How to Find the Right Therapist


Daniela Tempesta, LCSW

So far in our series on “Demystifying Therapy” I’ve covered why therapy can be helpful during a breakup and how to start your therapist search. Now, let’s cover my top three tips for finding the right fit once you have a few therapists you’re considering.

Interview People Who Might Seem Like A Good Fit

Once you’ve narrowed down your list of potentials, give them a call. Get a feel for what they are like on the phone. Do you feel comfortable talking with them? Do they seem interested and empathetic? One of the things people often say to me is “I feel like you really get it.” This may be a lot to ask for in a 20 minute phone call but you should at least feel heard and not judged. In addition, I would suggest asking the following questions:

What is your style like? This is important. Even if someone is a very skilled therapist, his or her style may not jive with yours. Try to get a feel for what it would be like to be in the room with the person. For example, as a therapist I am very active and engaged with my clients. It is much more of a two way conversation — a game of verbal Ping-Pong. While I don’t explicitly give advice, I offer feedback and suggestions. Some therapists have a style that is more focused on holding back, listening, and reflecting. One is not better or worse, you just need to know what feels good for you.

Do you have experience working with breakups? If we were working together on this issue what can I expect? You want to make sure that the therapist has familiarity and is comfortable working with the issue that brought you to therapy. Additionally, you want to get a sense of how the therapist might approach working with that concern. Here you might learn more about the therapist’s theoretic orientation (there are many – see some styles listed in parentheses below). Will they be using primarily talk therapy, free association, and dreams to look at the unconscious roots of your current and past symptoms (psychodynamic)? Will they be helping you to identify and challenge problematic thoughts that are preventing you from moving on or that contributed to problems in the relationship (Cognitive Behavioral Therapy)? Will they help you focus on creating acceptance around the breakup so you can dedicate your energy towards living a life more aligned with your values (Acceptance and Commitment Therapy)? There are many different ways to approach healing from a breakup, and while you may have no idea specifically what style you want, make sure that what the therapist is proposing something that feels aligned to your needs.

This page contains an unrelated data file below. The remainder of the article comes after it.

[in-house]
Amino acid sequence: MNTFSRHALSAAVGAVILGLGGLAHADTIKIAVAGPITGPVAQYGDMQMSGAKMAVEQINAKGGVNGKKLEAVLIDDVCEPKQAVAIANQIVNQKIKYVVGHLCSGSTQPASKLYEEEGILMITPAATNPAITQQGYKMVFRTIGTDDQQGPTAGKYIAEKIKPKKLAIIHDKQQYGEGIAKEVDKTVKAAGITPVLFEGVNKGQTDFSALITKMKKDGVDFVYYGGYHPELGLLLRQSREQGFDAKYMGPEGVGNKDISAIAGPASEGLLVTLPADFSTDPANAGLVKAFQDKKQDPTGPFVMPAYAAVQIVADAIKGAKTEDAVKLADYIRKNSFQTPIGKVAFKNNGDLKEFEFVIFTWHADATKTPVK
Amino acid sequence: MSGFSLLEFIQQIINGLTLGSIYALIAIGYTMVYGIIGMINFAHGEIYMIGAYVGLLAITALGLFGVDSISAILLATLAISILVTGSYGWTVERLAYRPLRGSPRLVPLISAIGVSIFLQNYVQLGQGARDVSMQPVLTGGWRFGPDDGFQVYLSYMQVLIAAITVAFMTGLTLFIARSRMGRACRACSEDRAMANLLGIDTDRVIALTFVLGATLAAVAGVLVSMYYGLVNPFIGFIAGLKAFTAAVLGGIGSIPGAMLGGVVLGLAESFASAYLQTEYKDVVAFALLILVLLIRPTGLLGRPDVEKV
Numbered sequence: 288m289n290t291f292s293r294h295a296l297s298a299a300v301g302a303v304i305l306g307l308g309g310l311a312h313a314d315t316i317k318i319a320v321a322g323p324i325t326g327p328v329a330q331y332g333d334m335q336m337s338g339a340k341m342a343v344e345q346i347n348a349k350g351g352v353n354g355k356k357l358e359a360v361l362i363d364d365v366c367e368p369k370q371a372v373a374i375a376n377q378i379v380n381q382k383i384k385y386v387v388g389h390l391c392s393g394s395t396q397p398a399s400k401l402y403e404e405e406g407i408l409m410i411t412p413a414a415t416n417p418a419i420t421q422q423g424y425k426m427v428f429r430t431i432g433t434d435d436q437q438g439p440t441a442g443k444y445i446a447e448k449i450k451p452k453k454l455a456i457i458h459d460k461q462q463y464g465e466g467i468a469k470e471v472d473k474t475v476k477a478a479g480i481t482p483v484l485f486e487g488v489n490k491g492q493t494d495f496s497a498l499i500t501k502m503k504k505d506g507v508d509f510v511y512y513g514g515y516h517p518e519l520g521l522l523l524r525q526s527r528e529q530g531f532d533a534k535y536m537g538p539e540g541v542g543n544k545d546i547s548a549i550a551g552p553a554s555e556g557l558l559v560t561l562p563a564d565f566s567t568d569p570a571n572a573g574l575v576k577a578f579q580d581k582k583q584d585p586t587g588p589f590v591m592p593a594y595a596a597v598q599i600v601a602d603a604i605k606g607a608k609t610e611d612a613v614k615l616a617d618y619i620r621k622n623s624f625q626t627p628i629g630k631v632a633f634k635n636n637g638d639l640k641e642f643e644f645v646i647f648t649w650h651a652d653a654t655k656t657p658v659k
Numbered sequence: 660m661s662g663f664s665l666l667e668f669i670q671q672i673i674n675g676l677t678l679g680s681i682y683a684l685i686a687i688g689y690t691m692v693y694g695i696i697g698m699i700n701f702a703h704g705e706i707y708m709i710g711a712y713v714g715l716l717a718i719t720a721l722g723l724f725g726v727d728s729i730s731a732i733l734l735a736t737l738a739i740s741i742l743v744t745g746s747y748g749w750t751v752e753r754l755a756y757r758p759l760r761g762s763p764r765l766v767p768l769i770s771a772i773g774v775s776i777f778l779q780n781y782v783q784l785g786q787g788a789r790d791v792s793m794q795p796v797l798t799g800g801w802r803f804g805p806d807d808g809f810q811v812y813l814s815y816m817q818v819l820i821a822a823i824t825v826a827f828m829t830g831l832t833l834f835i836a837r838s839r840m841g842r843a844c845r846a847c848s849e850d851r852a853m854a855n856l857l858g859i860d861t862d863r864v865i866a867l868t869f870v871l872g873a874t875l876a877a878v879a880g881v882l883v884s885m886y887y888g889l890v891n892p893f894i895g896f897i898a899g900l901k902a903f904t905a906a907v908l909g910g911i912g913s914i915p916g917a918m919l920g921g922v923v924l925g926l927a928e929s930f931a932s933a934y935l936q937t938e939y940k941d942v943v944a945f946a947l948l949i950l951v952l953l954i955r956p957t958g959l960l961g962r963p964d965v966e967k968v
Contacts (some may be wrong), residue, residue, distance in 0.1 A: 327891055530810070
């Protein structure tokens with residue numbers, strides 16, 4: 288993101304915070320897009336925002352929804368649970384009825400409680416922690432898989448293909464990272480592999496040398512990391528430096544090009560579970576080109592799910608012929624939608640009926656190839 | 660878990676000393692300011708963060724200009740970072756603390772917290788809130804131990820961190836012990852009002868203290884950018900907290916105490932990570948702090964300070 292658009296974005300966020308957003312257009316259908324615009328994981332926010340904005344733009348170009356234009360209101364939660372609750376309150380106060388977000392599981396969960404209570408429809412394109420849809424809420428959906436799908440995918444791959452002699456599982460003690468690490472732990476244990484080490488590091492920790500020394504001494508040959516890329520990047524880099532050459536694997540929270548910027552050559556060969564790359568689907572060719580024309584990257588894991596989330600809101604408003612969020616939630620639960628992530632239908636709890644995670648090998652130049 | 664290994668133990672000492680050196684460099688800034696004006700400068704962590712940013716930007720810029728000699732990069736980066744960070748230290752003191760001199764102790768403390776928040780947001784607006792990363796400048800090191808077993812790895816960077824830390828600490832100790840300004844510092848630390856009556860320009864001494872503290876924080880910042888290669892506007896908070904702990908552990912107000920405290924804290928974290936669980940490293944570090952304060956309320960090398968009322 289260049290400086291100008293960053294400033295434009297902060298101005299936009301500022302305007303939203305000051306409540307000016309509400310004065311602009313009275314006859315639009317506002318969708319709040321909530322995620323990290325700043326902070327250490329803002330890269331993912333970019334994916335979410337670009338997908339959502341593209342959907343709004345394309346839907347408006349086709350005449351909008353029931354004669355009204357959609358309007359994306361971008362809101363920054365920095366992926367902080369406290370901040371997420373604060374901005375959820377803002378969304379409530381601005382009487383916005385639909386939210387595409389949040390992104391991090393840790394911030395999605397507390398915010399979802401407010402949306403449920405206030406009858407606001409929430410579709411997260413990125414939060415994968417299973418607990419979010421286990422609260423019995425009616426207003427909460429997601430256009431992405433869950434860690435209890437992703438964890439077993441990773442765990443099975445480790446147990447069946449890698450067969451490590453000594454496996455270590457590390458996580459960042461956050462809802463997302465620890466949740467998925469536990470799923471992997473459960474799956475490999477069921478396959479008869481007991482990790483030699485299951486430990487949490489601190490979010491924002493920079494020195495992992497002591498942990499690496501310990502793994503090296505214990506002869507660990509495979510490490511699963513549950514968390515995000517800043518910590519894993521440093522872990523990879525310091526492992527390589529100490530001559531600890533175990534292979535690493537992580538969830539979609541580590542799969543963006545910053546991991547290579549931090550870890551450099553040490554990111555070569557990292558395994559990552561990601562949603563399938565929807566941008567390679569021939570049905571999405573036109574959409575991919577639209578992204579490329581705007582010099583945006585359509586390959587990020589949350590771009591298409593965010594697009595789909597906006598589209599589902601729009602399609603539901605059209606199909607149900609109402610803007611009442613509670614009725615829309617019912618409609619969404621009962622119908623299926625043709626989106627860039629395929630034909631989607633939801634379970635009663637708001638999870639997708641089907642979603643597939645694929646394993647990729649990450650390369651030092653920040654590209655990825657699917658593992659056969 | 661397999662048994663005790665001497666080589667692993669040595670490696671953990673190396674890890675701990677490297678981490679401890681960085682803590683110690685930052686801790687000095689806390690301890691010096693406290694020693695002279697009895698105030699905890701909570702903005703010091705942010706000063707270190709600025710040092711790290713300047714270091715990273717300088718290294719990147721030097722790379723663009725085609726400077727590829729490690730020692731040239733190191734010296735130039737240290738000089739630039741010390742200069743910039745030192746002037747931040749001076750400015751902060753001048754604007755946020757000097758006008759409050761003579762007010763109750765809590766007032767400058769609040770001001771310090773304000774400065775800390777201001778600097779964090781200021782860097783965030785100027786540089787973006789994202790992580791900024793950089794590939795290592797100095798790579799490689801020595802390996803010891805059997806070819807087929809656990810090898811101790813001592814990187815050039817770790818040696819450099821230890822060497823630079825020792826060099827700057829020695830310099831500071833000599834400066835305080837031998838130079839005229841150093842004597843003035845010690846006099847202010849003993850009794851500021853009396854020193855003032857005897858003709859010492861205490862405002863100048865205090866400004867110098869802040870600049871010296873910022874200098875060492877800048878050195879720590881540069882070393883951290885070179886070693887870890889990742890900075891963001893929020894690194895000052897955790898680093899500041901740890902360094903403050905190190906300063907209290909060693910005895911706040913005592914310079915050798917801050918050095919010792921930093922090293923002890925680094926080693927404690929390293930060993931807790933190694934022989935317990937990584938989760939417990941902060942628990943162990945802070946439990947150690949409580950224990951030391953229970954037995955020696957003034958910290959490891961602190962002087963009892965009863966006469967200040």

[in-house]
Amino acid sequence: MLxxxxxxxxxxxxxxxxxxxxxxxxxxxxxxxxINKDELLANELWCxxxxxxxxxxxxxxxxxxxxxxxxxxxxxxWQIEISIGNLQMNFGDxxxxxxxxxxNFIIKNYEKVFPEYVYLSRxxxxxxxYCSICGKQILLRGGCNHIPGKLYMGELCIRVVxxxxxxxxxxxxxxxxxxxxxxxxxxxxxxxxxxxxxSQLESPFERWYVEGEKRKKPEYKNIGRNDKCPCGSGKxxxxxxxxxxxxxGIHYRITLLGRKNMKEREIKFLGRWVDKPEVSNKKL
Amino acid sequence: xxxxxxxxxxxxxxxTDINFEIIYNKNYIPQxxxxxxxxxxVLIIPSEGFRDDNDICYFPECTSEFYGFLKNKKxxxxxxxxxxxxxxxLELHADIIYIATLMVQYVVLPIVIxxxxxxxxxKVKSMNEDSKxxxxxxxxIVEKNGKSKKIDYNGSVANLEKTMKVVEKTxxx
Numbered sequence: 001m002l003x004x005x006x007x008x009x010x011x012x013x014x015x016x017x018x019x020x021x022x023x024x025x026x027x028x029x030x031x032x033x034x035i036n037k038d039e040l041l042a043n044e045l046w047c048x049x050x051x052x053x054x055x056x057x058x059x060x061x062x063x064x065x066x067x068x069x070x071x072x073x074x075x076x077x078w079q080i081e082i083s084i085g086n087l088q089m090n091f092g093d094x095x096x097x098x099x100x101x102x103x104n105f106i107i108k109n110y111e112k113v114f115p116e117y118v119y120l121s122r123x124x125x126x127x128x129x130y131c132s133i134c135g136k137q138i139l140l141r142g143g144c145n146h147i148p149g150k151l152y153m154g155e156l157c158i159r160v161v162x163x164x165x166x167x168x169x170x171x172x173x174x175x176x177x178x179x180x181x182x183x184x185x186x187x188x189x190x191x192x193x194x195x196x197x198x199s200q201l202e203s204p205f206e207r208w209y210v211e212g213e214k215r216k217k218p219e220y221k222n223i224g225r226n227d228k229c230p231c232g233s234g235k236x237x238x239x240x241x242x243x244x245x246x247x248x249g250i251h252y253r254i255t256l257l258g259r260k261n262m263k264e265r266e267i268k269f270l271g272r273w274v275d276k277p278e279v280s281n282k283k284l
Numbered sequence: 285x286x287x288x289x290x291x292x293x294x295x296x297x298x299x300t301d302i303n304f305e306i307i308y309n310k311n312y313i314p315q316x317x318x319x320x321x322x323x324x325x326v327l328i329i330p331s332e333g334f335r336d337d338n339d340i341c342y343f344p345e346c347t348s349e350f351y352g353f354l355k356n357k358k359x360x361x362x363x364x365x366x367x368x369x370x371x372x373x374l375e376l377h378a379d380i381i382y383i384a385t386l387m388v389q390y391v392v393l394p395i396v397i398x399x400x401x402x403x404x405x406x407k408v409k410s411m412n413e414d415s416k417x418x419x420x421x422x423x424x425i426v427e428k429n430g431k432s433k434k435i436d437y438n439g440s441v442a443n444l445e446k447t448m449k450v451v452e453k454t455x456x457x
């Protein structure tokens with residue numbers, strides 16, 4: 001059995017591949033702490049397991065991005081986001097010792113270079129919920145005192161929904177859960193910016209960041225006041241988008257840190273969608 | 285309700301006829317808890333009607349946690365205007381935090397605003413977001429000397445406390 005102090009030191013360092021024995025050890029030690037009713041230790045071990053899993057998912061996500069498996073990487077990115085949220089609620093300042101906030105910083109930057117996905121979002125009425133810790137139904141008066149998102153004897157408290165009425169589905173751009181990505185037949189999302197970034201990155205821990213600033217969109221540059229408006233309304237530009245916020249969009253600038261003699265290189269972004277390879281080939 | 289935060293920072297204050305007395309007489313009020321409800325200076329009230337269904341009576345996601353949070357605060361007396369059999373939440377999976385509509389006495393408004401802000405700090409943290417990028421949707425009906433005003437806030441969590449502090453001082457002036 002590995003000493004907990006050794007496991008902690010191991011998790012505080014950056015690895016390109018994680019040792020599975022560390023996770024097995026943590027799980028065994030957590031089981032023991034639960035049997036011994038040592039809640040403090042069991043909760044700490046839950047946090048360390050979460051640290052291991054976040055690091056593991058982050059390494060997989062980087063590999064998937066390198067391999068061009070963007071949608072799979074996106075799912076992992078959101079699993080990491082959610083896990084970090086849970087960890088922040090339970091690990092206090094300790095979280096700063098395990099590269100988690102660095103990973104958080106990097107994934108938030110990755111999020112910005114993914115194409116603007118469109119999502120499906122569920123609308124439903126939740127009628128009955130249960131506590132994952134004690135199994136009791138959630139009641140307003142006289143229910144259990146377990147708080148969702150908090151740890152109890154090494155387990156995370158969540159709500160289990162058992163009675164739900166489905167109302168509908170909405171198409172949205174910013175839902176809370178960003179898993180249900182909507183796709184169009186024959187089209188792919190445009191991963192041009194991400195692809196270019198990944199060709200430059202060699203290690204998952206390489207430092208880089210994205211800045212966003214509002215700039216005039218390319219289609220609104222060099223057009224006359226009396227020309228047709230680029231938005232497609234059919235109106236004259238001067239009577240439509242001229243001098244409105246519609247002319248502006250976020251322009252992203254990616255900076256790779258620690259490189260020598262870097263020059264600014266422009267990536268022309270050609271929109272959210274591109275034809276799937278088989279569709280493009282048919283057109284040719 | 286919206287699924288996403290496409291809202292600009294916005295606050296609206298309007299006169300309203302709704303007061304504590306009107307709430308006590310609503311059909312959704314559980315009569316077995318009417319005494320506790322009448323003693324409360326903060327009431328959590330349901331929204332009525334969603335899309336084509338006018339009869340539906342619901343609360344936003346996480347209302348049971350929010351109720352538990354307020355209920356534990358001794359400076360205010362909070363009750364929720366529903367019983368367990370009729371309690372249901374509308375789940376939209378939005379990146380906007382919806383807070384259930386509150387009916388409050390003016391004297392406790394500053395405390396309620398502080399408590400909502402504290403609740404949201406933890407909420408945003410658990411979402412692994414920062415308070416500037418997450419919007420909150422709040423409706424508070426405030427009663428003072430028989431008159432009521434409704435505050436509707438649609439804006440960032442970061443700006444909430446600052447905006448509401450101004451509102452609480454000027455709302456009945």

Are you licensed? You want to make sure that you are working with a licensed professional. Some people who claim to do therapeutic work do not actually have degrees or valid licenses to practice such work. There is a big difference in training and education between a licensed therapist and a life coach or other kind of healer. All of them have valuable tools to offer, but if it’s therapy you seek, then make sure to find a real therapist. Some unlicensed therapists see clients in private practice as a part of their training in preparation for licensure, and if you choose this option, make sure you ask questions about who is supervising their work. Some professional designations you might see after a licensed therapist’s name are LCSW, MFT, LPCC, PhD, PsyD, and MD. (I would encourage you to seek out a licensed therapist who has been practicing for at least 7-10 years. From personal experience I can attest that the longer you practice the more you grow and the more tools you have to offer your clients.)

The Relationship Is More Important Than the Resume

Don’t be overly focused on finding someone with long list of accomplishments. Just because a therapist may have written several books on breakups, be a featured relationship blogger for The New York Times, or have a busy public speaking schedule, it doesn’t mean that they are the right fit for you. The number one determinant of the success of therapy is the client’s motivation to change, and the second is the relationship with the therapist. It is essential that you have a safe and strong connection to your therapist. So ignore the resume and focus more on what really matters here: how you feel in the room with the person.

A First Appointment Is Not a Commitment to Ongoing Treatment

Think of the first session as a trial run. See how you feel interacting with the therapist. If you don’t have a positive experience or feel safe with the person, then you should start the search over. It might feel a little uncomfortable or awkward to disclose intimate details to a stranger at first, but you should get the sense that you would eventually feel at ease with this person. You should feel that they are easy to talk to, understanding, and non-judgmental. It’s okay to set up several first appointments with different people who you connected with on the phone. Think about which experience you felt you got the most out of and make a decision from there.

If you’ve missed previous articles in this Demystifying Therapy series, be sure to get caught up below.

Part 1: How It Can Help

Part 2: Beginning Your Therapist Search

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